This opinion will be unpublished and

may not be cited except as provided by

Minn. Stat. § 480A.08, subd. 3 (2002).

 

STATE OF MINNESOTA

IN COURT OF APPEALS

A03-1538

 

 

Robert Eugene Anderson II, petitioner,

Appellant,

 

vs.

 

Kristin Elaine Munning,

Respondent.

 

 

Filed May 11, 2004

Reversed and remanded

Halbrooks, Judge

 

 

Cottonwood County District Court

File No. F1-97-301

 

 

Daniel A. Birkholz, Monica S. Rye, Birkholz & Rye, 101 South 7th Street, P.O. Box 461, St. James, MN 56081 (for appellant)

 

Peter J. Gleekel, Thomas H. Boyd, Winthrop & Weinstine, P.A., 225 South 6th Street, Suite 3500, Minneapolis, MN 55402; and

 

Margaret K. Erickson, Southern Minnesota Regional Legal Services, 421 10th Street, Worthington, MN 56187 (for respondent)

 

 

 

            Considered and decided by Peterson, Presiding Judge, Lansing, Judge, and Halbrooks, Judge.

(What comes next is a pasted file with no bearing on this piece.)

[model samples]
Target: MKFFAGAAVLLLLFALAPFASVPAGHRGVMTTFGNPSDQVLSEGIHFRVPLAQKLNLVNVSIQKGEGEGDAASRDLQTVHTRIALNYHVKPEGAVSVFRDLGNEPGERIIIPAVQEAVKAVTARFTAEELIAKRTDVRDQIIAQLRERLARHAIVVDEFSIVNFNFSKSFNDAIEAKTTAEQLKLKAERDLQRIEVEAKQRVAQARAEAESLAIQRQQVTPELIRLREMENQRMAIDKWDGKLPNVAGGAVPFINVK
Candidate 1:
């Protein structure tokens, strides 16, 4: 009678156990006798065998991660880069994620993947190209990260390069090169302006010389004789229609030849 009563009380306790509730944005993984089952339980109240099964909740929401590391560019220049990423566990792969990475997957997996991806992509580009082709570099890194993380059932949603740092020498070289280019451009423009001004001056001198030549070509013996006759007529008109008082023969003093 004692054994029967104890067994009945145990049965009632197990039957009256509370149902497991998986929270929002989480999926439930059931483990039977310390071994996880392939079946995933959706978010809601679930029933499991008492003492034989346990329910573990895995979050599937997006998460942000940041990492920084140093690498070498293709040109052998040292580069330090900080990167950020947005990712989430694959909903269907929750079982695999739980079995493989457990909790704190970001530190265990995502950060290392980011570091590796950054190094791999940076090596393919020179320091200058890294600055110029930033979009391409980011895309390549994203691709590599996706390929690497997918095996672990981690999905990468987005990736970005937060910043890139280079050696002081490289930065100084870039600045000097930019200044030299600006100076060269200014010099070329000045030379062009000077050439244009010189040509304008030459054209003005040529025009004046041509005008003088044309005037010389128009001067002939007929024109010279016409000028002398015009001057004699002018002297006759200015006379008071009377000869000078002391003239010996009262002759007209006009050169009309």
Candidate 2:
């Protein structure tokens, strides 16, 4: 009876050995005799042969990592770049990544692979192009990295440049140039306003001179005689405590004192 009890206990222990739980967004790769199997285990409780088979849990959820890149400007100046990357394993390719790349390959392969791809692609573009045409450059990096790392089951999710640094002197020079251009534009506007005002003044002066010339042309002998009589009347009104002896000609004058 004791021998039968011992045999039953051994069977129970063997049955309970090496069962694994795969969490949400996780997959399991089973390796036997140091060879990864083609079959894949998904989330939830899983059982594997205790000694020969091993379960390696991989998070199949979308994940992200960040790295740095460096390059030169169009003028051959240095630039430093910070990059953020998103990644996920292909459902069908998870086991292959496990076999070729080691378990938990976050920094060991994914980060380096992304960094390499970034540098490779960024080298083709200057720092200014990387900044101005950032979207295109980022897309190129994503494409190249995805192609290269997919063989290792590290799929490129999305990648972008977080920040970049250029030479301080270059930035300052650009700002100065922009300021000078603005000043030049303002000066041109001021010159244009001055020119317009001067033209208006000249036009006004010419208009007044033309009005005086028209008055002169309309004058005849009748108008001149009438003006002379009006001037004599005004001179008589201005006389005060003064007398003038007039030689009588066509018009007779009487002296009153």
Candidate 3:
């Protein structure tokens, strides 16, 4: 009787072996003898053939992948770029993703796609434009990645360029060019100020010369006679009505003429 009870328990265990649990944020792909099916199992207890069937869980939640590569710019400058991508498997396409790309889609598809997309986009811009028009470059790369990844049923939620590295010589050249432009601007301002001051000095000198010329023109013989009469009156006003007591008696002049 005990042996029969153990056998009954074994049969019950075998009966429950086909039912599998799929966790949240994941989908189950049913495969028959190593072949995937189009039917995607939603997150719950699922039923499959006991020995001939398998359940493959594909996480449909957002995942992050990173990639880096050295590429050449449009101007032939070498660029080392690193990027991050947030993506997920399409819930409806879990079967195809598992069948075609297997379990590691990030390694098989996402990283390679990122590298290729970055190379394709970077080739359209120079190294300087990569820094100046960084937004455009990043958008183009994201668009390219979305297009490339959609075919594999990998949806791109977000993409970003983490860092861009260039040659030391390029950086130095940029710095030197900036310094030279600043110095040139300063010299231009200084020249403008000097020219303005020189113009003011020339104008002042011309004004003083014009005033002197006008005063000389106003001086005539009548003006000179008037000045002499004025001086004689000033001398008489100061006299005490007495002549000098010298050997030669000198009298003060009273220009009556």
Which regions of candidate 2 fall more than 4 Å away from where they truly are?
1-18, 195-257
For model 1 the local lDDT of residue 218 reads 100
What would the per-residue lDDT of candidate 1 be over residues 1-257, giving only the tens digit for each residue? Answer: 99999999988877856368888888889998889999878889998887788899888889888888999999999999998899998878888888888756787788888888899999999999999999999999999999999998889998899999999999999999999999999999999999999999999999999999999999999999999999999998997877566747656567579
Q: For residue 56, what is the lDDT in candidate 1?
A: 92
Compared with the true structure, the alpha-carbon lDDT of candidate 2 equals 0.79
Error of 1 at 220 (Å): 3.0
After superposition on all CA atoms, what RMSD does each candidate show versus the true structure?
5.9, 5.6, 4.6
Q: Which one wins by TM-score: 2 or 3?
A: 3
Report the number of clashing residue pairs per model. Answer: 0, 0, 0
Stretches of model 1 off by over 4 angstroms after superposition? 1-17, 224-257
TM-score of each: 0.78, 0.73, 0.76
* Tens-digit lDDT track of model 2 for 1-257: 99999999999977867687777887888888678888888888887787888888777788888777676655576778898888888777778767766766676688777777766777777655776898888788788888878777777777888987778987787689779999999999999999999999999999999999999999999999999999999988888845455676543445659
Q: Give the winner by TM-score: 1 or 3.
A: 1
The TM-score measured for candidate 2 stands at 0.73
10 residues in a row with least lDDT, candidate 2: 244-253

U N P U B L I S H E D   O P I N I O N

HALBROOKS, Judge

Without holding an evidentiary hearing, the district court denied appellant’s motion to modify custody.  Appellant challenges the court’s order, arguing that the record does not support the district court’s determination that he failed to make a prima facie case for an endangerment-based custody modification.  Because we conclude that the district court abused its discretion, we reverse and remand for an evidentiary hearing.

FACTS

            Appellant Robert Eugene Anderson II and respondent Kristin Elaine Munning are the parents of a minor child, B.S.M., born November 11, 1992.  The parties were never married, and respondent sought to formally establish B.S.M.’s custody in July 1997.  Approximately one month later, the parties stipulated that respondent would have sole legal and physical custody of B.S.M., subject to liberal visitation by appellant.  The district court incorporated the parties’ stipulation into its subsequent custody order.